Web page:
"That's not normal, I don't think," Kurt Suzuki says.
But the practice has become routine this offseason for the A's catcher, who is attempting to add on 15 pounds by the start of camp in an effort to help him sustain strength through the season.
"You're training to play not just once a week, but every day," he said. "That takes a toll on your body, especially being a catcher in the middle of the summer, when you're out there in 90- and 100-degree heat. It takes a lot of energy, and you do tend to shed weight."
Speaking by phone near his home in Southern California on Wednesday, Suzuki noted several times that he's well aware how -- in his terms -- "gluttonous" his diet sounds, especially when breaking down a typical daily eating schedule.
Suzuki starts his day by 8 a.m., taking in a breakfast panini -- check that, two of them -- along with a serving of fruit. At 10 a.m., he begins his workouts, which can last from 1 1/2 to three hours, and consumes an energy bar in the middle and a 600-calorie protein shake at the end.
Not long after is lunch, which one day consisted of a pair of turkey burgers, a salad and more fruit. Something similar in stock to a barbecue chicken flatbread follows -- not as dinner, but simply as an afternoon snack. The dinner menu, rather, might look like this: steak, mashed potatoes, vegetables and yet another salad.
And don't forget the evening snack before bed. Think cheese or slices of deli meat and a handful of nuts and fruit.
"It's crazy," Suzuki said, laughing. "I'm constantly feeding my face. It's not easy, that's for sure. And there's also a fine line between putting on 15 good pounds and putting on 15 pounds of pointless weight."
With the help of a nutritionist and a service that delivers his daily intake of food, Suzuki believes he's found balance. He got a jump start on the meal plan not long after season's end, beginning in October and gaining five or six pounds in the first five weeks. And even though a procedure on his wisdom teeth that called for a liquid diet essentially put him back at square one nearly two weeks ago, he's hoping he's on track again.
"I basically lost all the weight I had put on," he said. "I'm starting to feel better. I'm on my way. Last year, I was really focusing on repairing my body, kind of like physical therapy. I had a lot of sore muscles and joints, so last year was more about lighter weights, where as this year my body feels good, so I'm hammering out the weights and going a little heavier and trying to put on some thighs."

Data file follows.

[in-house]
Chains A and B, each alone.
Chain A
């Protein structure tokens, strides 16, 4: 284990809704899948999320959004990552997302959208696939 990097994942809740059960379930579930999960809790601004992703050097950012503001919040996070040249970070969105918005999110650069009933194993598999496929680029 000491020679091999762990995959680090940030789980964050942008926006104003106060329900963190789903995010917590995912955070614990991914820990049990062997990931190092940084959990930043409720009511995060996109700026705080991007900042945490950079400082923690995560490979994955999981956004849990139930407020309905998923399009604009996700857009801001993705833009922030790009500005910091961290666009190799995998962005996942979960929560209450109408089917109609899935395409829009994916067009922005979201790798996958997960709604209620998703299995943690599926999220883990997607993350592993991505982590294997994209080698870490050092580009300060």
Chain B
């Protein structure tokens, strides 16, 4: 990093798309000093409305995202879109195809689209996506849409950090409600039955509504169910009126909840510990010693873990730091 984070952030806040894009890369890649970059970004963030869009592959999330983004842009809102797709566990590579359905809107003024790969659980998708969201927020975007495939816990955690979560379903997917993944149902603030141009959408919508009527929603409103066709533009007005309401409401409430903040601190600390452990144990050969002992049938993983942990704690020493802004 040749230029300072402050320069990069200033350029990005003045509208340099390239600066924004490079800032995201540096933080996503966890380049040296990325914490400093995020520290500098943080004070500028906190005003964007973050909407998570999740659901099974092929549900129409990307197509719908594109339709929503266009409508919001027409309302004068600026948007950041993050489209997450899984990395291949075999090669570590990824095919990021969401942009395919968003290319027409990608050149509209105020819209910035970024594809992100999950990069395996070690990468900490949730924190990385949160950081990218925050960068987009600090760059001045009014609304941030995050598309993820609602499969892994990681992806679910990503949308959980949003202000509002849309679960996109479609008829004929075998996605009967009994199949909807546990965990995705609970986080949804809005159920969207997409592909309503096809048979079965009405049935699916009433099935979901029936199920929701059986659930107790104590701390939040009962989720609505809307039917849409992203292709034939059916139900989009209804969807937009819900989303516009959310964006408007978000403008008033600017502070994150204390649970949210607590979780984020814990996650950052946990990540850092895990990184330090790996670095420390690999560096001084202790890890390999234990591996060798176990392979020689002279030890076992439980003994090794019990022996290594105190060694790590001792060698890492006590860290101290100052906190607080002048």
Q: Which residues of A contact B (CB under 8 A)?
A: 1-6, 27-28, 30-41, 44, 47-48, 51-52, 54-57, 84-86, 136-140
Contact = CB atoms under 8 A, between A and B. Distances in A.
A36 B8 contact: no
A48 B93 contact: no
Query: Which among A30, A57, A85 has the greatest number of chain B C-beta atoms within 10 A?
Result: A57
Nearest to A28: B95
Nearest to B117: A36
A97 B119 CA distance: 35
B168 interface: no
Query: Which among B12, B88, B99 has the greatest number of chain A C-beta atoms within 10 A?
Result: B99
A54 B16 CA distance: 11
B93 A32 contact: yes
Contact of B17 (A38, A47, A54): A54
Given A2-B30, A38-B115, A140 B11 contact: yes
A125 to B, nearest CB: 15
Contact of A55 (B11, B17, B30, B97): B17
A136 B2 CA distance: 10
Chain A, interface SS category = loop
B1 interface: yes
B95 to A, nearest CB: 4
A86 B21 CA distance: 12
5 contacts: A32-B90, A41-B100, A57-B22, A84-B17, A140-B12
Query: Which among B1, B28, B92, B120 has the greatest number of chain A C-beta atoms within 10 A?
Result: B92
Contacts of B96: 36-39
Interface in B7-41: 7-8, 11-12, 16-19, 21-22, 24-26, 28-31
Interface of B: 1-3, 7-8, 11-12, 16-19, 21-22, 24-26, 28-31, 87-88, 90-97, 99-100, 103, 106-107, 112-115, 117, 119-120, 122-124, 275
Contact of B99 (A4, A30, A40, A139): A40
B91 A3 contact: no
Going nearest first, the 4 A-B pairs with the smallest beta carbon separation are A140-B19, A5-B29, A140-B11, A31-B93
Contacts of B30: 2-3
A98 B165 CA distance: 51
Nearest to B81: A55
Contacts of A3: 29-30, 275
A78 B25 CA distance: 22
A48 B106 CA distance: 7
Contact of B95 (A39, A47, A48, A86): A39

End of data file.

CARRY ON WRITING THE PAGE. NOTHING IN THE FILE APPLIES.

The 28-year-old Suzuki entered Spring Training this year at 193 pounds, but at one point in the season was down to 185 -- the lowest weight he can recall in years and a number much lower than the 200 pounds he carried coming into his first big league camp. So when he met with Oakland's training staff in September standing at 190 pounds, they devised a plan to get him to the 205-pound mark by February.
"My whole goal this offseason is to get to that target weight and possibly even more than that to give me some leeway," he said. "You look for ways to improve. Obviously, last year was definitely not one I'll really remember on a good note. And I'm not saying the reason I didn't perform last year was because of my weight. I'm not looking for excuses, just ways to improve.
"We had a great conversation and felt that maybe it could help me feel better. And if you feel better, maybe you perform better. Those two go together. I have my fair share of things to work on, but this is a step in the right direction to help myself improve as a player, and if you do that, you help your team improve."
The A's backstop hit just .237 with 44 RBIs in 134 games during the 2011 season -- the average representing a career low and the sixth lowest in the American League -- with a career-low .301 on-base percentage, which was the 10th-lowest mark in the league.
"I feel like my power numbers were there," said Suzuki, who tallied 14 home runs. "But the hits weren't coming consistently. I think I became too result-oriented. If I go up there and just think about hitting the ball hard instead of thinking I need to get a hit, it will probably be a lot easier on the mind and on the body to react. It's obviously easier said than done, but I really believe a lot of my struggles were mental, not mechanical."
The proof was in the film. Suzuki, admittedly not a big fan of watching too much video of his swings, studied the 2008-10 versions of himself.
"We looked at swings and compared them all," he said. "They didn't look different; they were the same. It was pretty incredible, and it kind of drove me crazy and put more thoughts in my head, but it was just mental."
Now removed from a frustrating season, Suzuki is gearing up for the third year of a four-year contract that takes him through 2013 and includes a club option for 2014. He has plenty of supporters, including manager Bob Melvin -- "He's one of the most positive thinkers I've ever been around," Suzuki said -- plus his equally active wife, Renee, and baby daughter Malia Grace.
"I feel great about where I am right now," he said. "I'm losing one pound a week. It's crazy I can't gain any more considering everything I'm eating, but hopefully the pounds add up and I can head into the season ready to go."
Jane Lee is a reporter for MLB.com. This story was not subject to the approval of Major League Baseball or its clubs.